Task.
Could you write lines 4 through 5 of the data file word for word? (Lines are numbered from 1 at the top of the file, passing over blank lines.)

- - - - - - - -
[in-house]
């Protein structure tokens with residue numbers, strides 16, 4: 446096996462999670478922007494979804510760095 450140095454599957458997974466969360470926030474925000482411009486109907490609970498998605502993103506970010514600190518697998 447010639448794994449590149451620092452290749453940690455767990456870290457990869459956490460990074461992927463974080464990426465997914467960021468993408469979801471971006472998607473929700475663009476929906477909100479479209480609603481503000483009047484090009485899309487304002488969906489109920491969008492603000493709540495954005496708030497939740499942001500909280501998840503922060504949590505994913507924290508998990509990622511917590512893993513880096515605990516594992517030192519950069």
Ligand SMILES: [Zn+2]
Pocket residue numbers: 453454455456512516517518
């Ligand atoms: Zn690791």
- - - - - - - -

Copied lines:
Pocket residue numbers: 453454455456512516517518
């Ligand atoms: Zn690791």